Living the Scientific Life (Scientist, Interrupted)

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Common Pink, also known as the Dianthus, Dianthus plumarius.

Photographed on Manhattan’s Upper West Side
near the corner of West 81st street and Central Park West.

Image: GrrlScientist, 11 June 2009 [larger view].

Can anyone identify this cultivated flower?

Dianthus is a genus of flowering plants with roughly 300 species in the family Caryophyllaceae. These plants are endemic to Europe and Asia, with a few species extending south into northern Africa. One adventuresome species, D. repens, has even managed to establish itself in arctic regions of North America. Some familiar Dianthus include the carnation, D. caryophyllus, pink, D. plumarius and Sweet William, D. barbatus. The color pink may be named for the flower. The origin of the flower name “pink” may come from the frilled edge of the flowers: the verb “pink” dates from the 14th century and means “to decorate with a perforated or punched pattern” (maybe from German “pinken” = to peck?). I remember it from pinking shears, those big, heavy scissors that leave behind a zigzag cut in fabric.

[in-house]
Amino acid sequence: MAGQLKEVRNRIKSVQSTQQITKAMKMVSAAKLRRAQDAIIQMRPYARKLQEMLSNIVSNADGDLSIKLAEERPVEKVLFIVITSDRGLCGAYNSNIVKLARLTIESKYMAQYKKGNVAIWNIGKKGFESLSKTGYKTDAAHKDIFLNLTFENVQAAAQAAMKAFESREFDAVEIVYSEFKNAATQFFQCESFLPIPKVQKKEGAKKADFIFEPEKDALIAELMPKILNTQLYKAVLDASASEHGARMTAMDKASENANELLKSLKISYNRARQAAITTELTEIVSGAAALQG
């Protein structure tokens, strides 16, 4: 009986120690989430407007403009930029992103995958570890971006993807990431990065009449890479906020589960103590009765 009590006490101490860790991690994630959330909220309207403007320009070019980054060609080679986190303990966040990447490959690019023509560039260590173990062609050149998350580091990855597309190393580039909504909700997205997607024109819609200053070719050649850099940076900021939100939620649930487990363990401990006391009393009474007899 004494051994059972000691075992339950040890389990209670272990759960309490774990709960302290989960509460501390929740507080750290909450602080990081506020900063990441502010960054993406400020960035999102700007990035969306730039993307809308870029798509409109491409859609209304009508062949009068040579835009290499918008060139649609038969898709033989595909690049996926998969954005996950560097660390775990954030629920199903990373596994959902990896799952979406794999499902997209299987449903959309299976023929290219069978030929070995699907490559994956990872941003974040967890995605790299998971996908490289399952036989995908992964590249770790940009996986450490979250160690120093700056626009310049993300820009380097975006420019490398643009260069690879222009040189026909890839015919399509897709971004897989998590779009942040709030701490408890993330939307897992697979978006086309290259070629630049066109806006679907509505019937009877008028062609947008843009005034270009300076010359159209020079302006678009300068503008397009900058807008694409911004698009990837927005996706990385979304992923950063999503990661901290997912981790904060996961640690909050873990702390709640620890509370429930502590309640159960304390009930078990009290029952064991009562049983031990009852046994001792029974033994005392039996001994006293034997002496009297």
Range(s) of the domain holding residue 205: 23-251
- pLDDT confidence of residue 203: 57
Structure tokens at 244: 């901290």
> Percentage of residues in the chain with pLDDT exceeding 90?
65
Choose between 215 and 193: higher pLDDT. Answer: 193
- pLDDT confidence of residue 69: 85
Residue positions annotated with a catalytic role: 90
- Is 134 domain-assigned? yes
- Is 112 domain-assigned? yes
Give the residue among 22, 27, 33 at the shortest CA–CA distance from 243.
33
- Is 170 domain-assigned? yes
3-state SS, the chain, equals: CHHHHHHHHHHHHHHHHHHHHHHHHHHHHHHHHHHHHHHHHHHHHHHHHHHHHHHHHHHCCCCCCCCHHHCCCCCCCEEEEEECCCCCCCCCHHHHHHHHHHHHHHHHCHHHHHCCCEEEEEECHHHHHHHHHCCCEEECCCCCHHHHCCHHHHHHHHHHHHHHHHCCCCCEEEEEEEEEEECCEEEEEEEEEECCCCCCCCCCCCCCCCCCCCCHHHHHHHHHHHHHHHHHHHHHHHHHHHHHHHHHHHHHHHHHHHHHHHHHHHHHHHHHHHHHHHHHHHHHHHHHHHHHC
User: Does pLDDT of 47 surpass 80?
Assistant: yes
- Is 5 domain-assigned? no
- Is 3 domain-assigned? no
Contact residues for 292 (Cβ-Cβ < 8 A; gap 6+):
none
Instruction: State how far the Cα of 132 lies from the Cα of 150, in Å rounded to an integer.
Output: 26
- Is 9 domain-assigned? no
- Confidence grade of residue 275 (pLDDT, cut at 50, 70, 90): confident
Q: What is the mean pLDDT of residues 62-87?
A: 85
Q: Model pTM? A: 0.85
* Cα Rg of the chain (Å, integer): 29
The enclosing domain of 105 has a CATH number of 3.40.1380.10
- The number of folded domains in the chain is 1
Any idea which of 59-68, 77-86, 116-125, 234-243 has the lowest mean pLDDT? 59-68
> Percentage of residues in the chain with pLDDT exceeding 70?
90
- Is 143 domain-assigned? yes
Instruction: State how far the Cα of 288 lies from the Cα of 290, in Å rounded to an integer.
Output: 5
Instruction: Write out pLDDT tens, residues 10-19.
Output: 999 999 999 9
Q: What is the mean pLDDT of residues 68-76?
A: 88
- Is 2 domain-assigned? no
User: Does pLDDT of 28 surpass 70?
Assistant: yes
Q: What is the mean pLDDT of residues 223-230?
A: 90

1. #1 Bob O'H
    June 14, 2009

    I thought the title might be what the ant’s saying.

  2. #2 jenjen1352
    June 14, 2009

    It’s a Dianthus (Pink).

  3. #3 "GrrlScientist"
    June 14, 2009

    thanks jen! you have spared me much mental angst.

  4. #4 ACW
    June 16, 2009

    The containing order, the Caryophyllales, is one of four orders of core eudicots that have not been assigned to either the rosids or the asterids. (They look asteridish to me, but I suppose the sequence data doesn’t support that hypothesis strongly.)

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